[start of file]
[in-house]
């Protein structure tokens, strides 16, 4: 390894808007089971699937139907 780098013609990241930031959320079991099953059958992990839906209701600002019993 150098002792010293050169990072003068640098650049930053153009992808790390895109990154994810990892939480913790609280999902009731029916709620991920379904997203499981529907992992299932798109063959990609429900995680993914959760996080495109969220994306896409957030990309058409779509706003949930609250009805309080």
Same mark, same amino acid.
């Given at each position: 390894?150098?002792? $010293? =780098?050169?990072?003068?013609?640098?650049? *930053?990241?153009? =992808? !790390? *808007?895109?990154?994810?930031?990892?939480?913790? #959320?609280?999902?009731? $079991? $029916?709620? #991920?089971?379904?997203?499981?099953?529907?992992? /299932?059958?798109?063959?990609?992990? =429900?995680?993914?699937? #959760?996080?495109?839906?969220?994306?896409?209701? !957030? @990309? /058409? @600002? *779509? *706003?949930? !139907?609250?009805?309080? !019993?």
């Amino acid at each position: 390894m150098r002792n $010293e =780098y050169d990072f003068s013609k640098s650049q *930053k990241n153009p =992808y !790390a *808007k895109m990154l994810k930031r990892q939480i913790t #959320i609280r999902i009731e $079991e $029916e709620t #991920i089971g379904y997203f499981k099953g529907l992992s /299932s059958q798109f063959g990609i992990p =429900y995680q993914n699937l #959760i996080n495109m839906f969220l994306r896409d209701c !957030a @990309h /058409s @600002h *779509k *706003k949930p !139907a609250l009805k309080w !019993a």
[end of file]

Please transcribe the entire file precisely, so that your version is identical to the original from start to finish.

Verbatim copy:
[in-house]
């Protein structure tokens, strides 16, 4: 390894808007089971699937139907 780098013609990241930031959320079991099953059958992990839906209701600002019993 150098002792010293050169990072003068640098650049930053153009992808790390895109990154994810990892939480913790609280999902009731029916709620991920379904997203499981529907992992299932798109063959990609429900995680993914959760996080495109969220994306896409957030990309058409779509706003949930609250009805309080």
Same mark, same amino acid.
């Given at each position: 390894?150098?002792? $010293? =780098?050169?990072?003068?013609?640098?650049? *930053?990241?153009? =992808? !790390? *808007?895109?990154?994810?930031?990892?939480?913790? #959320?609280?999902?009731? $079991? $029916?709620? #991920?089971?379904?997203?499981?099953?529907?992992? /299932?059958?798109?063959?990609?992990? =429900?995680?993914?699937? #959760?996080?495109?839906?969220?994306?896409?209701? !957030? @990309? /058409? @600002? *779509? *706003?949930? !139907?609250?009805?309080? !019993?």
């Amino acid at each position: 390894m150098r002792n $010293e =780098y050169d990072f003068s013609k640098s650049q *930053k990241n153009p =992808y !790390a *808007k895109m990154l994810k930031r990892q939480i913790t #959320i609280r999902i009731e $079991e $029916e709620t #991920i089971g379904y997203f499981k099953g529907l992992s /299932s059958q798109f063959g990609i992990p =429900y995680q993914n699937l #959760i996080n495109m839906f969220l994306r896409d209701c !957030a @990309h /058409s @600002h *779509k *706003k949930p !139907a609250l009805k309080w !019993a």